November 30, 2023
Source: Wikimedia Commons
I’ve just finished reading the hilariously terrible book What’s Left Unsaid by Melissa DeRosa, secretary to former Gov. Andrew Cuomo (New York) that is so unself-aware, so arrogant, so embarrassing that I have to review it.
I only read it in the first place because I wanted to interview Cuomo on my Substack, figuring that after his defenestration, he’d be a fun interview. But I’m willing to sacrifice that possibility just to wallow in the awfulness of this book. (Plus, recent press reports say he’s thinking of running for mayor of New York, so it’s topical.)
Most dumbfounding, DeRosa brags about Cuomo bullying everyone into implementing his tyrannical COVID policies — all of which, as we now know, accomplished absolutely nothing (other than causing half a million New Yorkers to flee the state, making 2020-2021 New York’s largest single-year population loss in history).
— First, Cuomo bulldozed the legislature into giving him emergency powers to “institute mass quarantines, order businesses to close, suspend laws and issue sweeping directives.”
His COVID diktats did squat to slow the spread of COVID, but they did destroy businesses, annihilate cultural institutions, kill budding careers, stunt children’s educational development and delay urgent medical care, among other things. (What’s the word for that, again? It begins with an “A” … describes a strongman …)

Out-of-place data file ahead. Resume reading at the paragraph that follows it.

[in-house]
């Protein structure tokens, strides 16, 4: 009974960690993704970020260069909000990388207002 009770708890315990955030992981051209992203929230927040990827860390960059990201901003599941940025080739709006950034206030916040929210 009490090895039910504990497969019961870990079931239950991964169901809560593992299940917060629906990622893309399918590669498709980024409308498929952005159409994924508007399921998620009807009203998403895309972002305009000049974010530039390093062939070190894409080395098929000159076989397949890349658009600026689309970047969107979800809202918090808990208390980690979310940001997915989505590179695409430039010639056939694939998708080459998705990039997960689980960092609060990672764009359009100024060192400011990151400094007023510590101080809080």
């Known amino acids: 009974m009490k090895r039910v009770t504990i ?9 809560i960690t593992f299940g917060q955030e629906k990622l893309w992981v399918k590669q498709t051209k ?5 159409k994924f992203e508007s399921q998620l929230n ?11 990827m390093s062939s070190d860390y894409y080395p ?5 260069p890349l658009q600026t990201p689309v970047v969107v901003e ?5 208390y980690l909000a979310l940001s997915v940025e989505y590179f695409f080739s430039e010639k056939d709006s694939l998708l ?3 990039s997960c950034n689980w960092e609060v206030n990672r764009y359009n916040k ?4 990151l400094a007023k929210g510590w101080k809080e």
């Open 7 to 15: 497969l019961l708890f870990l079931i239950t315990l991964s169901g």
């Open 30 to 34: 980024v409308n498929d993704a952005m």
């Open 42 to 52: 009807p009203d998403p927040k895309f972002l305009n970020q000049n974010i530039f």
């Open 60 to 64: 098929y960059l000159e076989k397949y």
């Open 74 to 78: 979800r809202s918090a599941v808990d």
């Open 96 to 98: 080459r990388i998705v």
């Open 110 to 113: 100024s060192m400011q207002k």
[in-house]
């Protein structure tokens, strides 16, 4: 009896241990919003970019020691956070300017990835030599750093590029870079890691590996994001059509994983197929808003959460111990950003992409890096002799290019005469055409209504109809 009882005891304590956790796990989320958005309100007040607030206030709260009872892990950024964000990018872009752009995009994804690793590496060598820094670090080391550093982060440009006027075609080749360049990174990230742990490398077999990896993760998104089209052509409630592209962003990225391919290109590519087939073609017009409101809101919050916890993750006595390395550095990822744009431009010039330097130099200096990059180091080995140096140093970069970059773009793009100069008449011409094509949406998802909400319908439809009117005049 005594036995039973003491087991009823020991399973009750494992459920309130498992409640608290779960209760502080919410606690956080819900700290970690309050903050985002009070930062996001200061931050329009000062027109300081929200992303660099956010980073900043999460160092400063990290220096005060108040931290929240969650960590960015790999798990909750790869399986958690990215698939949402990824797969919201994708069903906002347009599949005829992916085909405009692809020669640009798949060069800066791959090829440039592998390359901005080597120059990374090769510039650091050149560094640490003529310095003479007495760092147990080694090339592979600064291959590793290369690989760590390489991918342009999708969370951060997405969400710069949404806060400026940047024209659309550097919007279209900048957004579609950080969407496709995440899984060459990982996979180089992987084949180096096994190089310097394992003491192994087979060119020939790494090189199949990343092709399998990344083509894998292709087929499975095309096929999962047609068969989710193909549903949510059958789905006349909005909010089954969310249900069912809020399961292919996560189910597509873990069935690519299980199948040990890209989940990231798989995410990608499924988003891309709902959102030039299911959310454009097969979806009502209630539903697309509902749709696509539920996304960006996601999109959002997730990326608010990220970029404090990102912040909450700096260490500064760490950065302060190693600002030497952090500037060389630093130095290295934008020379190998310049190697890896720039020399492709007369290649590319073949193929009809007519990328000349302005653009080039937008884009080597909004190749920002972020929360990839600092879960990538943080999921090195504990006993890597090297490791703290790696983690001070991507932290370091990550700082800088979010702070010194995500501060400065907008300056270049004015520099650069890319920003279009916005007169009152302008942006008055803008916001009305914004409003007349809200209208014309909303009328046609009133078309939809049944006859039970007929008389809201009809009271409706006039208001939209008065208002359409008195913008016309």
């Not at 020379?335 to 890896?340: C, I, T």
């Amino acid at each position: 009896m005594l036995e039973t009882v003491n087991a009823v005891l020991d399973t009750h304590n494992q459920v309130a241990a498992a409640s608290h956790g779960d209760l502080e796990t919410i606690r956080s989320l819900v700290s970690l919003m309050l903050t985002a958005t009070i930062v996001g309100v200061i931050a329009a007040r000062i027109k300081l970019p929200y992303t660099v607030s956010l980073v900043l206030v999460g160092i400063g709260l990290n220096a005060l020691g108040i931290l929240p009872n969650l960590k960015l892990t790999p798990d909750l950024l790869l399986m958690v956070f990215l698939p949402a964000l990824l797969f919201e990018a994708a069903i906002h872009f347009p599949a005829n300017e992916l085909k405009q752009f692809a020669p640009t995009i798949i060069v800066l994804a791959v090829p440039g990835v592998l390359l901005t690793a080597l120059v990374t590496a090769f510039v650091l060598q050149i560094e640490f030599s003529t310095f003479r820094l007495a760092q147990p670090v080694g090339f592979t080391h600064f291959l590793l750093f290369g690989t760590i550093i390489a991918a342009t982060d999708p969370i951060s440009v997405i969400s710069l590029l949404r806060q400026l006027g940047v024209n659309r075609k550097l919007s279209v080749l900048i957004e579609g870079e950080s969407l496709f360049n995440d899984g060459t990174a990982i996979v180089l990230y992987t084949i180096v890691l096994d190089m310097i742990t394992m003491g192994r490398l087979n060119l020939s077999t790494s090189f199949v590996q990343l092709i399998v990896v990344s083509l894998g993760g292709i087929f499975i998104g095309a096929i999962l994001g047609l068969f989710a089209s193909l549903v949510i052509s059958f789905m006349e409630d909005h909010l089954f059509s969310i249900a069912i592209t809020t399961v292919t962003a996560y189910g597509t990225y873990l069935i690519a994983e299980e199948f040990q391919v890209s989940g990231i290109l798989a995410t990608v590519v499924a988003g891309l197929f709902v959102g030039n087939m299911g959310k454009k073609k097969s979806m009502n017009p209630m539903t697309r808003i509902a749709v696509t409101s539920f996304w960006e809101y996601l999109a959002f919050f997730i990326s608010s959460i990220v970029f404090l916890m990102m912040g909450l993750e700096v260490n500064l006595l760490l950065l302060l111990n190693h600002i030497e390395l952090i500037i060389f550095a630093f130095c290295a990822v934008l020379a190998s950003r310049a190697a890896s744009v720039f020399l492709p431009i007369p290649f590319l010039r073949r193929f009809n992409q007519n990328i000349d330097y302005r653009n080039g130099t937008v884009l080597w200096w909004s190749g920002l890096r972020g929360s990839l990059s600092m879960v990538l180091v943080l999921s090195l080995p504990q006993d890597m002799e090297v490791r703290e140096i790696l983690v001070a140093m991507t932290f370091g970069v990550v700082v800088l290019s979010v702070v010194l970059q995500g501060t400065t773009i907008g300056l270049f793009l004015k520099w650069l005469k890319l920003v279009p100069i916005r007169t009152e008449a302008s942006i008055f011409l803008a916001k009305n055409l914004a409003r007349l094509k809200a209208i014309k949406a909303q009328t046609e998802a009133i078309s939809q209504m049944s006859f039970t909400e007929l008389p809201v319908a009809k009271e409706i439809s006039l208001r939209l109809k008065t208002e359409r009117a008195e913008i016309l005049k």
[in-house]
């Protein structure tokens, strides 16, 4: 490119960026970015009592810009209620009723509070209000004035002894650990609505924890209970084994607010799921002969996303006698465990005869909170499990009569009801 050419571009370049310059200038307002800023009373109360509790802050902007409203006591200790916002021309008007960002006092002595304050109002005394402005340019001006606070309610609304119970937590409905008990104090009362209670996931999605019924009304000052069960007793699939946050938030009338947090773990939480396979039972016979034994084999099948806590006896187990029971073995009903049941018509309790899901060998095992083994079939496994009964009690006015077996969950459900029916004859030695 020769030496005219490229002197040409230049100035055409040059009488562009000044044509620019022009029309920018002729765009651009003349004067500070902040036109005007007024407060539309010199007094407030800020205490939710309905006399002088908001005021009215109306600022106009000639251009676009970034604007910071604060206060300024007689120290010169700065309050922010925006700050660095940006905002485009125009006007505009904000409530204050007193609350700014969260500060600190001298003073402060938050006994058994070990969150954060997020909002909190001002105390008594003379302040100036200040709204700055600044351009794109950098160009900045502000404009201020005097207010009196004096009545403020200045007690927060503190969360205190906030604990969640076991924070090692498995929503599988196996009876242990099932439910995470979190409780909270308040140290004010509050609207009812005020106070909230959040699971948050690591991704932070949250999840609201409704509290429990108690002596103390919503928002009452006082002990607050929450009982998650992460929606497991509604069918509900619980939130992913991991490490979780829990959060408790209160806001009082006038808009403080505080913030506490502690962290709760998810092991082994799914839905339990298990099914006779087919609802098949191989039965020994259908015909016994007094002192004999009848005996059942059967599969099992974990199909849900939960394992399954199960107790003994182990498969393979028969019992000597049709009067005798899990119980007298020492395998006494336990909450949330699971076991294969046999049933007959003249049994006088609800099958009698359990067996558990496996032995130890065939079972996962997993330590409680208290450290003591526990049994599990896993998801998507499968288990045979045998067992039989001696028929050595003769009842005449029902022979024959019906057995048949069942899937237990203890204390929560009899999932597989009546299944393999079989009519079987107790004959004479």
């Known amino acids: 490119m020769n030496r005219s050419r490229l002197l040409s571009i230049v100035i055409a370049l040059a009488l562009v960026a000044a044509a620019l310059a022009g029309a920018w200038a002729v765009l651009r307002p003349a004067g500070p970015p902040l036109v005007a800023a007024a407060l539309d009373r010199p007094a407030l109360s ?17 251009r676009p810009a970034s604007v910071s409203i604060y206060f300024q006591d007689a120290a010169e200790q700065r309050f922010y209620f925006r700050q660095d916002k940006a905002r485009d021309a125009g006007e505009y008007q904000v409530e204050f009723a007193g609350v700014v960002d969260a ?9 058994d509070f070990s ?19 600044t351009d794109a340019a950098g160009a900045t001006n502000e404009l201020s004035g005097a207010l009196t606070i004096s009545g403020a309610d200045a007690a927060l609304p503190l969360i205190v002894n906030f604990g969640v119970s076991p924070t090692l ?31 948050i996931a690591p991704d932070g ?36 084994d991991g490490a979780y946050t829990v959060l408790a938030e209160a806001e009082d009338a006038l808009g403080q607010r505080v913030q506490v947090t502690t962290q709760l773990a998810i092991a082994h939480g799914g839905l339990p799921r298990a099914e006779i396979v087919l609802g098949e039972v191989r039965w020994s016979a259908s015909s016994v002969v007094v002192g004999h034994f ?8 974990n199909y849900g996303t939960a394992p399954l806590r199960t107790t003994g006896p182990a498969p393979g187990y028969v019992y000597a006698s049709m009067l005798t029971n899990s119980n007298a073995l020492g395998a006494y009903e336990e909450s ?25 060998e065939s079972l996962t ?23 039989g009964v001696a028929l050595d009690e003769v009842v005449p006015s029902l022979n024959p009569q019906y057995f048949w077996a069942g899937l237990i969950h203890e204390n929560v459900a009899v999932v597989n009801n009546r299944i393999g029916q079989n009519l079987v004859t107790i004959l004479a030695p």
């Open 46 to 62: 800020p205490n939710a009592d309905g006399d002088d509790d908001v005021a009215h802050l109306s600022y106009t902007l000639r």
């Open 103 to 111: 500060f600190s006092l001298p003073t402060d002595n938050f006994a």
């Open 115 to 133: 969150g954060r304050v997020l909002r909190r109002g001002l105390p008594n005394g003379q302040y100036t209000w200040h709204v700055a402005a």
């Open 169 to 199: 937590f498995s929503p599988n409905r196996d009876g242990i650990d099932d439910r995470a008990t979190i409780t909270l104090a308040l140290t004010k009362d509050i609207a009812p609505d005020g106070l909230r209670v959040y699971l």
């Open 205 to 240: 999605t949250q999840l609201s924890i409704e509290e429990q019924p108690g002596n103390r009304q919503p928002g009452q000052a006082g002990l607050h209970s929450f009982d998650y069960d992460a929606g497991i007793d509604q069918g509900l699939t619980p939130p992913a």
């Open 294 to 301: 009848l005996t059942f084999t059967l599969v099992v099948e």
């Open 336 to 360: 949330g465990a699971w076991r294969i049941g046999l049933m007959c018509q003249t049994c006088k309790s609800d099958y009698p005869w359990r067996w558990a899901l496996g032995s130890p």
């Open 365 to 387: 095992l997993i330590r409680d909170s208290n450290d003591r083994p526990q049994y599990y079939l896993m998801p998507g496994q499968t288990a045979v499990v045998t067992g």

— Next, Cuomo closed all public colleges in the state and browbeat private universities into doing the same.
In the first year of the pandemic, there were a grand total 648 deaths among 15-to-24-year-olds in the entire country — and we don’t know what other health problems those kids had. Cuomo ruined hundreds of thousands of young lives for no reason.
— Then, he badgered Mayor Bill de Blasio into shutting down public schools in New York City
— over the objections of the (wildly left-wing) mayor and the teachers union. As DeRosa puts it, both “were adamantly opposed to closing schools in the city, no ifs, ands or buts about it.”
One week after the governor had demanded that de Blasio close the schools, DeRosa writes, “the governor was done waiting.” He peremptorily called into a local TV station and simply announced that the city’s public schools were closed.
This was the single worst decision made during COVID, as even The New York Times has admitted. The little tykes were at essentially zero risk from COVID. But shutting down schools did irreparable harm to their cognitive and psychological development.
— Next, Cuomo bullied President Trump into sending the military to convert the Javits Center and the USS Comfort into field hospitals for New York City.
“‘This will get Trump’s attention,'” Cuomo predicted of his op-ed. “The piece ran [in the Times] the next day under the headline: ‘ANDREW CUOMO TO PRESIDENT TRUMP: MOBILIZE THE MILITARY TO HELP FIGHT CORONAVIRUS.'”
A kazillion dollars later, it turned out these temporary hospitals were completely unnecessary. They were shuttered after about a month, at which time the Javits Center had a grand total of 72 patients for its 2,500 beds.
— Finally, Cuomo demanded that upstate hospitals send all their ventilators to New York City, leaving upstate residents high and dry. He even forced recalcitrant private hospitals to relinquish their ventilators by calling the CEOs and threatening: “I will personally pull your operating license.”
Everyone now knows that ventilators were wildly overused and killed a lot of patients because COVID confused the oxygen readings, meaning the mechanical breathing tubes were unnecessary.